You may think that’s surprising, but I think what’s happening in the data is the industries that are heavy in big cities like tech and finance have done really well. The people that work in tech and finance have become dramatically wealthier over the pandemic and can afford to buy much nicer houses and apartments and that’s why they’re driving up prices in San Francisco and New York.
But they tend to have lower density, so there’s probably a lot of lower-income people moving out, and middle-income into Tulsa, Oklahoma, etc. If you want to have the hottest property in the entirety of the U.S, it will be the suburbs of New York and San Francisco. Those things have gone up like 50, 100%. It’s now become effectively a suburb of San Francisco, that 100%.
The worst property markets, oddly, are the central business districts of the very same city. The reverse was happening for the last 40 years, that people were moving into the centers and have now moved out at speed.
Since it’s about purchase prices and businesses are probably moving, this thing is not going to entirely snap back. Some of it will. They’re not going to permanently stay like this. Some of it will snap back, but certainly 10 years from now city centers will be less expensive and lower density than they would’ve been without the pandemic.
So what you are not seeing yet, which was a prediction by many earlier in the pandemic, is that the sort of second-tier of cities massively rising. You know, companies opening offices in Kansas City and such.
Not really. Probably like you, I talked to a lot of journalists and they love anecdotal stories about digital nomads, but just literally in the data, given this is tech, in the data from the U.S. Postal Service change of address and Zillow pricing data, we do not see that.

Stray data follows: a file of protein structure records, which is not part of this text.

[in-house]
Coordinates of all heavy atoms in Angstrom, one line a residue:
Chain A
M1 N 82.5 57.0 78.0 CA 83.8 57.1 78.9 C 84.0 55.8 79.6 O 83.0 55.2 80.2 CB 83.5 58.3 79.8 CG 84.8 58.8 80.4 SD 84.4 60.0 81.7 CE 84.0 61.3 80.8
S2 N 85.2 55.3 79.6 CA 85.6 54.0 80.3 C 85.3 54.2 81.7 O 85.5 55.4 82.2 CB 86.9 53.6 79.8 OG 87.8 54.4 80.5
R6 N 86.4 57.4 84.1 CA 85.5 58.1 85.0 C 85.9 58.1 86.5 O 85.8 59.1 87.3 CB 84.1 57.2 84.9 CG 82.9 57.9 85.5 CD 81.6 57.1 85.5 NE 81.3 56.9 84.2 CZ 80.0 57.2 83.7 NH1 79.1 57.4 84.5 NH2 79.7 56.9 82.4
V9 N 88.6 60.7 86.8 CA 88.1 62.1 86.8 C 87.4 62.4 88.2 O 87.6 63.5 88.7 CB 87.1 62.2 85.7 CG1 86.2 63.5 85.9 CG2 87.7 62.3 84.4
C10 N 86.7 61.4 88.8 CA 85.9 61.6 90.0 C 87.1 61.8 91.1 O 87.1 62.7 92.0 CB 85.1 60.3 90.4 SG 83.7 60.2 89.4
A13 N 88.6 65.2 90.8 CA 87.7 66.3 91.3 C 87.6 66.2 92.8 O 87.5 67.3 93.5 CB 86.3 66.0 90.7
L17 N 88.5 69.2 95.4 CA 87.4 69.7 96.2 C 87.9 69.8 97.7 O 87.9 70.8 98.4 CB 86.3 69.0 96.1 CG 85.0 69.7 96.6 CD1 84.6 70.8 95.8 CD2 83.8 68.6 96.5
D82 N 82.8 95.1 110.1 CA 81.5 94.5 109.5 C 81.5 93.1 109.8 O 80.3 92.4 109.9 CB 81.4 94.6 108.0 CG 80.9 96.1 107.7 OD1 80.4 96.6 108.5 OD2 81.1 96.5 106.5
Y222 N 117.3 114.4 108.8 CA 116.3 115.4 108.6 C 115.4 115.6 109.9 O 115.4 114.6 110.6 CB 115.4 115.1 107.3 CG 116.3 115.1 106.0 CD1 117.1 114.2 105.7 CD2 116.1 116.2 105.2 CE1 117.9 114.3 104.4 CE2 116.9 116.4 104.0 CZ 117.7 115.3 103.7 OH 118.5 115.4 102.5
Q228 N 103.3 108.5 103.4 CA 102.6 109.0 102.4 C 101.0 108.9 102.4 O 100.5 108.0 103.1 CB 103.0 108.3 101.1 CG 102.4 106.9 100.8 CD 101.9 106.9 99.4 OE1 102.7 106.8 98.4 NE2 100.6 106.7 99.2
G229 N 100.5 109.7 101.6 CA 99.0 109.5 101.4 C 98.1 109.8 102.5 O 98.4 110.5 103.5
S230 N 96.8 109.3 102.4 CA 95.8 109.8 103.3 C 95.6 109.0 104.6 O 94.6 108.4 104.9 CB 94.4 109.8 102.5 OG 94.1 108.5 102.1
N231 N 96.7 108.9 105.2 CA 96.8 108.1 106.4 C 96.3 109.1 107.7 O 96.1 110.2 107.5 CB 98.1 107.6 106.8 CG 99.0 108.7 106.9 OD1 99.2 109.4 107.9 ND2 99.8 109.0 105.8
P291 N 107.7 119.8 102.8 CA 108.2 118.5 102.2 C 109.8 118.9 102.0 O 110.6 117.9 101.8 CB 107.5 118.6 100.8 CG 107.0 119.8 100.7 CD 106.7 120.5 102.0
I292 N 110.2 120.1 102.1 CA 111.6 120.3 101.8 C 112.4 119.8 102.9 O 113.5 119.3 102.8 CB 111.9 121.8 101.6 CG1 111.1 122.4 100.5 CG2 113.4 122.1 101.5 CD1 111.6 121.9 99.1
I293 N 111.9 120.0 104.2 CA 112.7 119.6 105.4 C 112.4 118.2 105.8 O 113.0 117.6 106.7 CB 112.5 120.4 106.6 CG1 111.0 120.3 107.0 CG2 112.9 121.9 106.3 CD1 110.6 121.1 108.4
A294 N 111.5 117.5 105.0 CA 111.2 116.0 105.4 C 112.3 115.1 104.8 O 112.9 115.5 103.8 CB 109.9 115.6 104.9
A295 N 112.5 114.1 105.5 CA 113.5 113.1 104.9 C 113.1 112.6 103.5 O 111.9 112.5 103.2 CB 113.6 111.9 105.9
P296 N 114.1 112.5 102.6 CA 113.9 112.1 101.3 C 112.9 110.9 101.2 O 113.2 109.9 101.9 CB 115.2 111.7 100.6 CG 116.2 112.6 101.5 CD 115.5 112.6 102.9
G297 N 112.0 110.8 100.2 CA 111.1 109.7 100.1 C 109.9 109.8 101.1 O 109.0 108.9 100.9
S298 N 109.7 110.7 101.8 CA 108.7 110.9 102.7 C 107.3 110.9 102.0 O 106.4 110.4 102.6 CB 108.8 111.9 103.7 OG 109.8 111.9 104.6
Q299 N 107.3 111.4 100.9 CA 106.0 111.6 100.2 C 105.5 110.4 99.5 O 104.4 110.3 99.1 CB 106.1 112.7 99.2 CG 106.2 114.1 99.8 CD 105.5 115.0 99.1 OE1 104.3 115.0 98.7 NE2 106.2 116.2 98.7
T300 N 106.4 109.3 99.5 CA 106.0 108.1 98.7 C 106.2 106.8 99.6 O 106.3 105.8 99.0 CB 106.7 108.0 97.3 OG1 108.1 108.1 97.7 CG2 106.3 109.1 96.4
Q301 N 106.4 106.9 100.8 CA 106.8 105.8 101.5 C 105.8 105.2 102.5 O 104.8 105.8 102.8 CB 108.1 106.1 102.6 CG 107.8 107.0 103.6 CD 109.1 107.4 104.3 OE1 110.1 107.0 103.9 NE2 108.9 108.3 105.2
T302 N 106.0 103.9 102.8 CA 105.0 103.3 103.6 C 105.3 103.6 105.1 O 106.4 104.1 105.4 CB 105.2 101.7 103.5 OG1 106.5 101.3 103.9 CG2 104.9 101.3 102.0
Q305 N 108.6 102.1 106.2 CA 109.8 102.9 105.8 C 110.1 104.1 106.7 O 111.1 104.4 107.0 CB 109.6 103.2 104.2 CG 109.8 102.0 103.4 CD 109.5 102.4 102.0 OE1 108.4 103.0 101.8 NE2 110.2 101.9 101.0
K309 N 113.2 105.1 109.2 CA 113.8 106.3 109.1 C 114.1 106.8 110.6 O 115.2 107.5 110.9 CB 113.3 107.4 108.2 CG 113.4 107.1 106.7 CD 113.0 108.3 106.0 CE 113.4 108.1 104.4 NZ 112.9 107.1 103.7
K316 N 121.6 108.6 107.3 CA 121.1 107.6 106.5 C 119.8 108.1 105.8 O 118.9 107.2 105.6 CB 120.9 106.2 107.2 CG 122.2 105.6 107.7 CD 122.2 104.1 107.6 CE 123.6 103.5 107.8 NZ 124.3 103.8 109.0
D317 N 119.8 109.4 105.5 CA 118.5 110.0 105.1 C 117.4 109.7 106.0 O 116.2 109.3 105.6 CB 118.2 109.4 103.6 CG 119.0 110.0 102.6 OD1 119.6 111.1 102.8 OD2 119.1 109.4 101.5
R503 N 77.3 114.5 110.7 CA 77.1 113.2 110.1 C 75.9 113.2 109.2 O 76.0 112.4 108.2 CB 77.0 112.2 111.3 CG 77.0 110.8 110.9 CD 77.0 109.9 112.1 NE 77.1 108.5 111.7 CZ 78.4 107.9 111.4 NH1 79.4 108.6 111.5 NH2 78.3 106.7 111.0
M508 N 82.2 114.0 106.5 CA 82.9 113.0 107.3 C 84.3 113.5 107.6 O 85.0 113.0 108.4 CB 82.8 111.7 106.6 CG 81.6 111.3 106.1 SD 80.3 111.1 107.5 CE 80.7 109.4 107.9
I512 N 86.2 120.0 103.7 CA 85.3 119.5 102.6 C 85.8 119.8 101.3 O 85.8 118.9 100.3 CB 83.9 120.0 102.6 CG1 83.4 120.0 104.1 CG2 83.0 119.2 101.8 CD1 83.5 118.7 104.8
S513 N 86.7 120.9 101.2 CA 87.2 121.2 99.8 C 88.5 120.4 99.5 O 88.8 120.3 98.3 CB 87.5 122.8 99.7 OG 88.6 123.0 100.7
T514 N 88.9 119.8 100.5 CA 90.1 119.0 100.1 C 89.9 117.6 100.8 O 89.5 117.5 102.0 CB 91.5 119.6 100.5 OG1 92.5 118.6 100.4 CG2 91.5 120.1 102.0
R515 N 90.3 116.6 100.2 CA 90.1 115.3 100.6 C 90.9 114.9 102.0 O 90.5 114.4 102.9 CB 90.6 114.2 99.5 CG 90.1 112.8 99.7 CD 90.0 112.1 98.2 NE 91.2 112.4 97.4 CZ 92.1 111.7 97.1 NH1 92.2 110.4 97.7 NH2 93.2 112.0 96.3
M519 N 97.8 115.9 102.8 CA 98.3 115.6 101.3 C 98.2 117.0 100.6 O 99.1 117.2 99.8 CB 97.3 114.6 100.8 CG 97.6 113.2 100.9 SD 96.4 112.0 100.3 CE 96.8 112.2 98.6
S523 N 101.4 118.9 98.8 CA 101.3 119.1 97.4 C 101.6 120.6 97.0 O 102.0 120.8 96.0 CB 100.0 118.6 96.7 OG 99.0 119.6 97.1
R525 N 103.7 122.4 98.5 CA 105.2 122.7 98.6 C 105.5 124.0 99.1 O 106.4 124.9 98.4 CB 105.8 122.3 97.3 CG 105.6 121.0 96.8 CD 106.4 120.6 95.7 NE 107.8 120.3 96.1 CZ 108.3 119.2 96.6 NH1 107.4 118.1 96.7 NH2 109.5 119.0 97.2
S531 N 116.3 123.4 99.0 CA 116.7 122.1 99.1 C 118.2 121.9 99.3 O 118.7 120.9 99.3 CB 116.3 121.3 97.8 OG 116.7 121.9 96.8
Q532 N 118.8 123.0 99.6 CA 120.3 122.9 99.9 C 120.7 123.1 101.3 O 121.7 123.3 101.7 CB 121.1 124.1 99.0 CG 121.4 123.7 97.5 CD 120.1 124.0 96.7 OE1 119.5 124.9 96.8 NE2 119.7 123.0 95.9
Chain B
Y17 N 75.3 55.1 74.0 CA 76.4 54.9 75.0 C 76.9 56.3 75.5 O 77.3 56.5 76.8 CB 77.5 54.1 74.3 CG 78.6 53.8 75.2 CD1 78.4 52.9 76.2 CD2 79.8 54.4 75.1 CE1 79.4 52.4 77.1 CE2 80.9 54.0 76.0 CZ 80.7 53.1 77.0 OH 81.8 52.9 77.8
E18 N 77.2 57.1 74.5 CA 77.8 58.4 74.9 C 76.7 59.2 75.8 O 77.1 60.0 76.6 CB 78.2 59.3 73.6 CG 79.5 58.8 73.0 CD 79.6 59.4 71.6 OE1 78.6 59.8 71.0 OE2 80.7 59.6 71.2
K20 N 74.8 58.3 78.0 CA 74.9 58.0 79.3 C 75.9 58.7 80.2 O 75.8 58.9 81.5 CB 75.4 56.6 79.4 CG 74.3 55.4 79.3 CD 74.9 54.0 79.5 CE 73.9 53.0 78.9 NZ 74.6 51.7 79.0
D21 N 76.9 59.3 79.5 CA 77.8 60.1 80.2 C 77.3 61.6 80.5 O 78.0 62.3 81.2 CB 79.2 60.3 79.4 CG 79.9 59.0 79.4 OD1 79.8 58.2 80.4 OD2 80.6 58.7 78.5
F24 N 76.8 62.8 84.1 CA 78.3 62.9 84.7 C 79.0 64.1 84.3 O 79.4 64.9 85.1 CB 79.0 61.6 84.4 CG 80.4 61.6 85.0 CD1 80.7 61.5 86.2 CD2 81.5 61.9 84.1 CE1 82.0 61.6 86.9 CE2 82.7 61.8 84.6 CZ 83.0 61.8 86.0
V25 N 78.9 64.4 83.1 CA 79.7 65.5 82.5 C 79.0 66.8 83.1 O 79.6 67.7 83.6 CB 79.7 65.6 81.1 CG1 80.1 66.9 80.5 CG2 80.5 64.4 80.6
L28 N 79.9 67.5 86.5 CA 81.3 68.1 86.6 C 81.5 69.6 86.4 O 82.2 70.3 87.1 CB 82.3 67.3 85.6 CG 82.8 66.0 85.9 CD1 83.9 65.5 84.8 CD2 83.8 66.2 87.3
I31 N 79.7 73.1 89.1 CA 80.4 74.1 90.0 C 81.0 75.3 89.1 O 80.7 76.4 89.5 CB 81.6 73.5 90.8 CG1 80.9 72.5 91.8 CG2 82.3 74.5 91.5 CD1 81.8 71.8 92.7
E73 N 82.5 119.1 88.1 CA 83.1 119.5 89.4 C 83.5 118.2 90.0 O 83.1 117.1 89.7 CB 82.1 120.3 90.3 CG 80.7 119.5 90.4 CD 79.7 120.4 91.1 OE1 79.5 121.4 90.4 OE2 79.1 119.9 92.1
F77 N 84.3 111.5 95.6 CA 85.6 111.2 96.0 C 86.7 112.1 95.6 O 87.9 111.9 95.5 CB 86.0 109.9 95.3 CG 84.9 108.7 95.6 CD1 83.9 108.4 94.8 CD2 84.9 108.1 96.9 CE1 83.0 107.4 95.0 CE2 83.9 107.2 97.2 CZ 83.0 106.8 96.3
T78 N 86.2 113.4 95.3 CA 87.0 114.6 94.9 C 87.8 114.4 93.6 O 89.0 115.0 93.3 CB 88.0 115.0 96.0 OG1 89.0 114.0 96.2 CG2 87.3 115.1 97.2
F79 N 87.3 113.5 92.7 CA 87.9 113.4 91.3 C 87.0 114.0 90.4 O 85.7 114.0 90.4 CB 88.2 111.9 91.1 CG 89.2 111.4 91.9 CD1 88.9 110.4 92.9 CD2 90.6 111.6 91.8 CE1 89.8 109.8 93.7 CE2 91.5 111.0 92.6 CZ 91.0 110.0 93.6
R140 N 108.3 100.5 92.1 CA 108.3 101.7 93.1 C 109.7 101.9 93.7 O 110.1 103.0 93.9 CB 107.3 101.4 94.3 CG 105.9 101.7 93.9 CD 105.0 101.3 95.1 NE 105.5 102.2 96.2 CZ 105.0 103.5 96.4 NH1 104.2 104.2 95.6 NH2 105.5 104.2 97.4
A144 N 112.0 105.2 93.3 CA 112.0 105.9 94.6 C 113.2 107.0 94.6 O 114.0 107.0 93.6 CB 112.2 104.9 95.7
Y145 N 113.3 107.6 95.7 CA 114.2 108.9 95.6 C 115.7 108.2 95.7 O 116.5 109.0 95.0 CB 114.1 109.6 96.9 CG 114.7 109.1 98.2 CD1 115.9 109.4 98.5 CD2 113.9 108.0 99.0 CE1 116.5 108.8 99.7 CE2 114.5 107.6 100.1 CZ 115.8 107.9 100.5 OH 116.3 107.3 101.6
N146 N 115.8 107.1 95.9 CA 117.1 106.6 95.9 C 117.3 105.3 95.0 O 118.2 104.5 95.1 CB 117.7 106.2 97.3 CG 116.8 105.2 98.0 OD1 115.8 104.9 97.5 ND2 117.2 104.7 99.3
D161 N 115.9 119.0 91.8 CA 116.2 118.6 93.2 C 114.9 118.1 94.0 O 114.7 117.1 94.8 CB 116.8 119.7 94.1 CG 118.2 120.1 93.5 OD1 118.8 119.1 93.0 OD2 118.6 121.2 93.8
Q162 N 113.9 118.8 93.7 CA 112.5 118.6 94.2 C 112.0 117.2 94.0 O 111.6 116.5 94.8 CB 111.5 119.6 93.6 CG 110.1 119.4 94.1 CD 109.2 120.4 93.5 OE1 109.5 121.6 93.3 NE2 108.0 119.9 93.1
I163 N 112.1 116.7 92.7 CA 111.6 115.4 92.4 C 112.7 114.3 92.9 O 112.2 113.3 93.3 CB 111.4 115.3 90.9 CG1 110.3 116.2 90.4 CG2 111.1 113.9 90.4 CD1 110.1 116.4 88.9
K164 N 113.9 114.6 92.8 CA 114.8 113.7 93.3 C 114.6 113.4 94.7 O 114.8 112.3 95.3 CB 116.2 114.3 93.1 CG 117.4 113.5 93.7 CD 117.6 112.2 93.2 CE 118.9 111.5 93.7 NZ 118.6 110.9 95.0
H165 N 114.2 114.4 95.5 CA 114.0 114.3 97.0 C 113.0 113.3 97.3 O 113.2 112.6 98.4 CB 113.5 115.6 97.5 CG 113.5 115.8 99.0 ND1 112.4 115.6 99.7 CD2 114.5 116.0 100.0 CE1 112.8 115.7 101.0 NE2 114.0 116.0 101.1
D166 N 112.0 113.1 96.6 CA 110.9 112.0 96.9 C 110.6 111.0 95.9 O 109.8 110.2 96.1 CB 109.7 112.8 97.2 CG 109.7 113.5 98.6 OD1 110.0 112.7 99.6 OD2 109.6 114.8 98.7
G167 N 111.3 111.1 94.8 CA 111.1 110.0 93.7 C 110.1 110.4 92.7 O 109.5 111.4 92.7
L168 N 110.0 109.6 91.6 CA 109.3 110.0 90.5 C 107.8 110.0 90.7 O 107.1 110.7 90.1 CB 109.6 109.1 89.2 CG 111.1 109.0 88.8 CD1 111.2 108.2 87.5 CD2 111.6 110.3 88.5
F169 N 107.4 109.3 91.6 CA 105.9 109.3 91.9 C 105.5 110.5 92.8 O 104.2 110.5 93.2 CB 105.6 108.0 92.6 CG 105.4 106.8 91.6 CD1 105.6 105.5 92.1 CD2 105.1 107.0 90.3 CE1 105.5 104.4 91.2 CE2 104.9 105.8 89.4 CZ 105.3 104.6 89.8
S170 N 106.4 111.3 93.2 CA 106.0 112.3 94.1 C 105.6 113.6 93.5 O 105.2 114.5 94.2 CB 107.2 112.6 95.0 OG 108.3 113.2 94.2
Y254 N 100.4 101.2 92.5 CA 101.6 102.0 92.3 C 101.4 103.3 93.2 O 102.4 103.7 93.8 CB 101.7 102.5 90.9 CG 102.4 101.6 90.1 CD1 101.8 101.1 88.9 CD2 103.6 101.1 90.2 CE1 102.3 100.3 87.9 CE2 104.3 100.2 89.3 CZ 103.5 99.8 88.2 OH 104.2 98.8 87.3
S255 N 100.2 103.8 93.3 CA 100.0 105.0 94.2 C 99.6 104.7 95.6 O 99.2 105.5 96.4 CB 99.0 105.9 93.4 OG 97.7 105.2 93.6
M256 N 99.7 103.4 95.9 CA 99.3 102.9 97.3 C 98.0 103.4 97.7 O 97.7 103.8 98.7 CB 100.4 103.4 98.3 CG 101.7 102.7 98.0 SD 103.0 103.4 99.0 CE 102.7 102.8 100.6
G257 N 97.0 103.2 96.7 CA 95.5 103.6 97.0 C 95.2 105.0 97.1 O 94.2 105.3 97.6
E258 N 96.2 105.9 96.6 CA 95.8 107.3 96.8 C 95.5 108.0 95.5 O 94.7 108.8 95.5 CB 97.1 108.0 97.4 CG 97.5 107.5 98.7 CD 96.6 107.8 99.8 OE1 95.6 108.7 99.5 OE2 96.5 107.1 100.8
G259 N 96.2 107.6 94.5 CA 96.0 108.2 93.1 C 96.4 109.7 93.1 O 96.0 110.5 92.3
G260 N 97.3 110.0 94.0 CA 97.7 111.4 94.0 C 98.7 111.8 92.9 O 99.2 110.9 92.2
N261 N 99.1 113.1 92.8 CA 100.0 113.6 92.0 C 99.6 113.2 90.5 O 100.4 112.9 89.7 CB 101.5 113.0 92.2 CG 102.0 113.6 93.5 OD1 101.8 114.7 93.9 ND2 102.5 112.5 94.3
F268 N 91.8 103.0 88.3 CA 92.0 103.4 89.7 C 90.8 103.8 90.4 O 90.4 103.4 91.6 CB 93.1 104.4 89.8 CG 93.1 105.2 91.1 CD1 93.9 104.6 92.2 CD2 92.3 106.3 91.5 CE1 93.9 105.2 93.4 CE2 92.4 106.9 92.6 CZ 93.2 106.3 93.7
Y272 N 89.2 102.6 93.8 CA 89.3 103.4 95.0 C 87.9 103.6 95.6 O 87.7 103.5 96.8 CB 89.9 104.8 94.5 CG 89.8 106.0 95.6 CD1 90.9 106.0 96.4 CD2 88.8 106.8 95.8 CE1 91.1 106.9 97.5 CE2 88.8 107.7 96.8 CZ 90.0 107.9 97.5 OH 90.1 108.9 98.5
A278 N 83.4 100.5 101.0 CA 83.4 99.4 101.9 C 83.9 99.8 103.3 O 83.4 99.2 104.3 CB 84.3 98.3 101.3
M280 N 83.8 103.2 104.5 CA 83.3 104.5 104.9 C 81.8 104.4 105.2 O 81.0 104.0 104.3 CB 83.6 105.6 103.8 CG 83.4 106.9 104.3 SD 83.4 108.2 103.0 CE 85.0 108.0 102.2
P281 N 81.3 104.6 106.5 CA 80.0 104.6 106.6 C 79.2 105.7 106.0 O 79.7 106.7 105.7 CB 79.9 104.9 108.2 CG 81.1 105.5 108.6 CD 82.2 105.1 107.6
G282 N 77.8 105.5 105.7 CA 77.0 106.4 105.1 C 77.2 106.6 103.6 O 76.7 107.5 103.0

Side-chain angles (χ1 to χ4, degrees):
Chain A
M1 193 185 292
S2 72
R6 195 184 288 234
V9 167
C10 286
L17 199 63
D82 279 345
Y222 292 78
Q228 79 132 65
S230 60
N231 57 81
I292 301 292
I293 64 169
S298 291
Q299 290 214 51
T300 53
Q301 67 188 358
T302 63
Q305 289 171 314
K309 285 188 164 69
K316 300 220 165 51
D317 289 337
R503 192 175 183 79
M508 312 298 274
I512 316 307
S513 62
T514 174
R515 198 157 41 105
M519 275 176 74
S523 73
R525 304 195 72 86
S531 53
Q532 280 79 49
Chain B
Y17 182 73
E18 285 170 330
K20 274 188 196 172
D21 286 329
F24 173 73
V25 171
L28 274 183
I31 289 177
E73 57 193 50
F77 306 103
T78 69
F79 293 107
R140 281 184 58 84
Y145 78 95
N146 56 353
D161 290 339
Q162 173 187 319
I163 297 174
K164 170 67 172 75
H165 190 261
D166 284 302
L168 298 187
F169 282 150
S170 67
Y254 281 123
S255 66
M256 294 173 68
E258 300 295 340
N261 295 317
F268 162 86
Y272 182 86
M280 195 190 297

In fact, prices are going up fastest overall in the large, big cities and there's some very shallow movement out of them, but honestly not a lot. I think the reason is until big companies leave large cities, nothing’s going to leave.
If you already know the Goliath National Bank, to take that fictional company from “How I Met Your Mother,” or let’s think of a company like Google or something. You’re probably not very tempted to open an office in Tulsa. You’re probably sticking with Silicon Valley and the Bay Area and New York and a few other large metros because that’s where a lot of the grads want to be.
They’re just now tending to live a bit more out in the suburbs and a bit less in the center. I think you’ll see what L.A. is like, maybe the development, the kind of multipolar city. You’ll see cities where there’s a kind of cool area where the young, single 20-somethings live and an area where 30s go with really nice restaurants and maybe 40s and 50s, I don’t know, art galleries.